The chest x-ray showed good improvement over the previous day and her lungs sounded clear to every person who listened to her. However, her oxygen levels were very inconsistent. She was fine when she woke up in the morning with very low blow by oxygen. I turned off the oxygen around 9 I think it was, because she hadn’t been using it. She was staying in the safe range, until the doctors came around. Then she would dip from time to time throughout the day. She would recover her oxygen levels on her own, but the dips…. the dang dips in oxygen level just keep everyone on their toes.

They brought her a pinwheel and a harmonica to blow to help exercise her lungs. They worked wonders! Until she stopped…. then sometimes her levels would fall right back down again. Sometimes her levels would fall and rise again without her doing anything. I sat her bed I propped her pillow, we sang, we stretched… anything I could think of to keep her levels up.


Through all of this, I began to notice, how much of a waste of time it was being there. Her lungs sound good, her chest x-rays look good, she is eating, drinking, playing, peeing… the only thing holding her back were the wires for the monitor.

As it got into the afternoon, talk was it looked like we were going home that day. The nurse even popped her head in to tell me when we would need to be back on Monday. But 4pm, 5pm came around, and no one had said anything. At that point, I knew we weren’t going home because we couldn’t keep her oxygen up.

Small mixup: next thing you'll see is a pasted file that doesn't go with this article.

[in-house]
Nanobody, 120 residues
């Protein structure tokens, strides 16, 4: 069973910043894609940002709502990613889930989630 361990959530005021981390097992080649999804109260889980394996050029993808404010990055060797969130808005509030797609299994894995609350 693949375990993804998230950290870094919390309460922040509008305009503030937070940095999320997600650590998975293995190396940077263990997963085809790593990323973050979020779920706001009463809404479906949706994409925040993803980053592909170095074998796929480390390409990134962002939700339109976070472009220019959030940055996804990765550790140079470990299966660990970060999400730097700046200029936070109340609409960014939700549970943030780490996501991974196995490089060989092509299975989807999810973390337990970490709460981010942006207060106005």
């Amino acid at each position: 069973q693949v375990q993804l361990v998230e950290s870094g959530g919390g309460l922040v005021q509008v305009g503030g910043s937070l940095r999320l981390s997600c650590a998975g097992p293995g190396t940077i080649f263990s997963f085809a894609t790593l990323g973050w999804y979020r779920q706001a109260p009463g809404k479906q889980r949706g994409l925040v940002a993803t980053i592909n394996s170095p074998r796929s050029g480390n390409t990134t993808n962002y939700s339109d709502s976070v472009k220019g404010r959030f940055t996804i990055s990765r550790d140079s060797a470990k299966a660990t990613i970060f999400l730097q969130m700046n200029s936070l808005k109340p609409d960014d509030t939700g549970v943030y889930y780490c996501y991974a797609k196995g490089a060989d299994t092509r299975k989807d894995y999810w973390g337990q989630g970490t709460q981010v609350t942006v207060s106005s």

I began to get upset. I told her daddy and my mom that we weren’t coming home. The sunset seemed to be calling us home, and the more I sat there watching the stupid blue line on the monitor, the more I wanted to leave. I was driving myself crazy trying to make My’isha take deep breaths and all these breathing exercises just to keep her oxygen level from dropping at all. KNOWING she just has a freaking cold!

So, the next time the nurse cam in, I stopped her at the door and asked her what I needed to do to leave. I told her was pointless for us to be here. I told here they weren’t doing anything for her. She told me she would talk to the doctor. An hour later, she came in to tell me the doctor will be in after she gets done with phone calls and such. During the time I am waiting for the doctor come in, I know how I get when I am upset, so I decided I better write down the good points and read and reread the patient rights.

The doctor came in probably another hour later, and asked how I thought My’isha looked. To which I replied, she looks good. She asked if we were ready to go home. To which I replied YES!!!!! I was so happy… she wasn’t going to put up a fight. She was really going to discharge us after 7pm! Right after shift change and everything!

It took another hour to get all of the paperwork together, but My’isha was in the wagon along with our bags and we were ready to go! I text my mom to let her know we were on the way to surprise the boys.



Always remember to stand up for yourself and your kids. If you know… then you know. You are your child’s advocate! Hopefully I prevented an infection. Hopefully I reduced the damage to the incision site. The icing on the cake was My’isha getting to sleep in her bed another night before she goes in for treatment next week. The sprinkles were I got to kiss my boys goodnight and cuddle with my love. We made it home. It was late, but we made it home. It was a LONG 2 days…. but we made it home to our family.